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Village Sky At Night with Brian Watkiss

Sights on dark nights

Posted on October 31 2017 at 6:11:16 0 comments

Cassiopeia

Amateur astronomer Brian Watkiss peers into the Village night sky.

November and the nights are getting longer and darker. With these chillier evenings, we often get lovely clear dark skies with plenty of stars, all looking as if they are stuck to some heavenly backcloth.

Actually, unlike the ancient Greeks, who gave most of the constellations their names, we know that the stars are not all in one great “shell” around us but vary enormously in distance.

Take, for example, Cassiopeia, easily spotted right now, halfway up the sky in the northeast, in the glow from Birmingham. It forms a wonky “W” with all the stars at similar distances from each other. But, are they all the same distance from us?

Rather than start using terms that sound like they’re from a science fiction movie, like “light years” or “parsecs”, to indicate how far away they are, let’s find a way of trying to visualise distances.

Imagine standing in the middle of The Square in Alvechurch, halfway between the dentist’s and the chemist’s.

I say imagine because it would be a silly thing to do unless you were there on New Year’s Day watching the Morris Men. . . er, no, let’s just imagine.

Now, with Cassiopeia standing on one end, let’s start with the very top star or the right hand end of the W. It is called Caph and on the scale we are about to use, it would be just at the entrance to the Village Hall.

Next one down is Shedir and it’s sitting in the pavilion at the cricket ground.

The third star down has no name (ahhh) so is sulking under the canal bridge by the Crown. The next one down is Ruchbah and it’s in the bar of the Red Lion.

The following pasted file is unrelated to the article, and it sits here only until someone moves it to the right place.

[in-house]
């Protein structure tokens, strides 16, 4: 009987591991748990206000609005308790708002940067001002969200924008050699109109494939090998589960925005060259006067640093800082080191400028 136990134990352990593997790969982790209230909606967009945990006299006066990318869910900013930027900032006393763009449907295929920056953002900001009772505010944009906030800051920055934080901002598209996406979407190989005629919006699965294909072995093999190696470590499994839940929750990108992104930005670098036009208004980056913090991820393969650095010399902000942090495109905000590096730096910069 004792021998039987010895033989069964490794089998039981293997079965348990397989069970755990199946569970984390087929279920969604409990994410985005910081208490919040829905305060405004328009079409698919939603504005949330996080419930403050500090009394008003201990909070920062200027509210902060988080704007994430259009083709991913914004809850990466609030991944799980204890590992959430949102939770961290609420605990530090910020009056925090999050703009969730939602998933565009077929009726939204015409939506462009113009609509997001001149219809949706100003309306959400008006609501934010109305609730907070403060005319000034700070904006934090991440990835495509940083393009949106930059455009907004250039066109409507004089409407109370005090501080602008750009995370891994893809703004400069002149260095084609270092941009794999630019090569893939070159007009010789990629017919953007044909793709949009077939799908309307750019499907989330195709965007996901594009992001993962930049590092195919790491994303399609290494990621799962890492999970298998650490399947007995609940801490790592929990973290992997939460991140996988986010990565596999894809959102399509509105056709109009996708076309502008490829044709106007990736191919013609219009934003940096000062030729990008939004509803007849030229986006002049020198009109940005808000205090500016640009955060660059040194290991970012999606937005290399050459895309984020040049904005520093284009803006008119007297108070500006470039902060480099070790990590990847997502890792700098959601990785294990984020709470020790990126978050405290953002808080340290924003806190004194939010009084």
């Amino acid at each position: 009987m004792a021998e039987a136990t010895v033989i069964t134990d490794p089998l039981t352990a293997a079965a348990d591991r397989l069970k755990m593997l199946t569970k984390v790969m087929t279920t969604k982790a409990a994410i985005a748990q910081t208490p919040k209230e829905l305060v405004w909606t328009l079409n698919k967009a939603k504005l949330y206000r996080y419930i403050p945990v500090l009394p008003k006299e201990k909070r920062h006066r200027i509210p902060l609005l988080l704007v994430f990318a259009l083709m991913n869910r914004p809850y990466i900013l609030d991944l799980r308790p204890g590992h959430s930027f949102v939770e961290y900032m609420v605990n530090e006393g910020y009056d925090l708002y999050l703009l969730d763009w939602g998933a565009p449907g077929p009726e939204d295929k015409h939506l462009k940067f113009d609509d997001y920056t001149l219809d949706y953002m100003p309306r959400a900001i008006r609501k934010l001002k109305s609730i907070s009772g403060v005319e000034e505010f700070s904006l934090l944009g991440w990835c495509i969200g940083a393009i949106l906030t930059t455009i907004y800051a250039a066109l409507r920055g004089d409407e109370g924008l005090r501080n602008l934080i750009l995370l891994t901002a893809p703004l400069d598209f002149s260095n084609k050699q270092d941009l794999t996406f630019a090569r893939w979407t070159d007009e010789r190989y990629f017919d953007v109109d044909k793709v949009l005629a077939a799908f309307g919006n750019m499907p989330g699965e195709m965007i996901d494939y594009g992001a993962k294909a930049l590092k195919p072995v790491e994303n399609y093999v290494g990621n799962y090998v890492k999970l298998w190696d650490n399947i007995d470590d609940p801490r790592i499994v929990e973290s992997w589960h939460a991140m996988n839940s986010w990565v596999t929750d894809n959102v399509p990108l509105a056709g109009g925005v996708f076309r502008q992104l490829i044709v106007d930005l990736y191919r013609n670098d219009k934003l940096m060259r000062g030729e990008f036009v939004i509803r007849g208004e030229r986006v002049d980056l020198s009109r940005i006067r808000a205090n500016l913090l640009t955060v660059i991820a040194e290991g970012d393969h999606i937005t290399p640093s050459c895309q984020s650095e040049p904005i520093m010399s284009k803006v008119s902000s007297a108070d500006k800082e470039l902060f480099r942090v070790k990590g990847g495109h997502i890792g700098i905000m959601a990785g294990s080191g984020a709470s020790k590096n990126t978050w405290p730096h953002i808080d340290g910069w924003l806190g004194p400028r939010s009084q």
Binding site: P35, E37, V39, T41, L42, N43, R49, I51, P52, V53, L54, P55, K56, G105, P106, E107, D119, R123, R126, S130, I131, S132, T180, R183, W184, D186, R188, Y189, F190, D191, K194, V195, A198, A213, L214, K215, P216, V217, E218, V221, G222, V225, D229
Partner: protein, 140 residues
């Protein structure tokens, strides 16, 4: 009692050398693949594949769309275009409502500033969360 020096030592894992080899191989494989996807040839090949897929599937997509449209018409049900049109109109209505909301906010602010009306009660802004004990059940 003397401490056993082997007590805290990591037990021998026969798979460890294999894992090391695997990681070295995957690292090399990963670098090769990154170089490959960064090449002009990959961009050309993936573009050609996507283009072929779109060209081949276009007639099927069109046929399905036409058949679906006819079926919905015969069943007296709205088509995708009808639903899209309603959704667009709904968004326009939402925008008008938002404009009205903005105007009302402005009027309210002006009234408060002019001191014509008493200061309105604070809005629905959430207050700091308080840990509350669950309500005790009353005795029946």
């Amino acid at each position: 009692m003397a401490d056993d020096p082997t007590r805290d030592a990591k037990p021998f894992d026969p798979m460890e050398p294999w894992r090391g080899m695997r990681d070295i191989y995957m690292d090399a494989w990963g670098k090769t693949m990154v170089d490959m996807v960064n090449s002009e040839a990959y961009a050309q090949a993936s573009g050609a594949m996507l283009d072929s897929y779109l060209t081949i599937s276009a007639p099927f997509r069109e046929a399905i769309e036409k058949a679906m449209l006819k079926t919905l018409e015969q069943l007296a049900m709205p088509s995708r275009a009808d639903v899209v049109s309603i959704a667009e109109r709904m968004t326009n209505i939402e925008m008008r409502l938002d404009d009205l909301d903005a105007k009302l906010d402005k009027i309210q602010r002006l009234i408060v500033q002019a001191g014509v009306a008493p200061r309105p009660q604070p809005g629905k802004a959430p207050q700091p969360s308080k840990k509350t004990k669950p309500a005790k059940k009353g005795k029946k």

Finally, at the bottom is another unnamed star sitting at the entrance to the railway station. So you see, the stars that look like they’re all in a flat plane are really nowhere near each other.

There are more extreme examples too. If you turn to face the southwest, high above your head is a cross of stars forming Cygnus, The Swan.

At the head of the cross is the bright star Deneb. Over to the right is the brightest star in this part of the sky, Vega in Lyra. Halfway down the sky is another bright star, Altair in Aquila.

These three form the Summer Triangle to which I have often referred. Being all of similar brightness, you would assume they are of similar distances.

Starting at the bottom with Altair, it is the nearest of all the stars we can see and on our scale it is just at the far end of the counter in Crow’s the butchers.

Vega, the brightest, is a bit further away, just outside The Lounge. Deneb is, however, a different kettle of fish. It is one of the most distant stars and is just about at the door of the Hopwood House.

Actually, the star at the centre of the cross, Sadr, is even further, halfway up Hopwood Hill.

So, while you’re out on the 17th looking for the shooting stars of the Leonid meteor shower, take a moment to try to visualise the real positions of the stars.

Incidentally, if you’re wondering how far away our Sun is on this scale, it is too tiny to even see – a bit like me!


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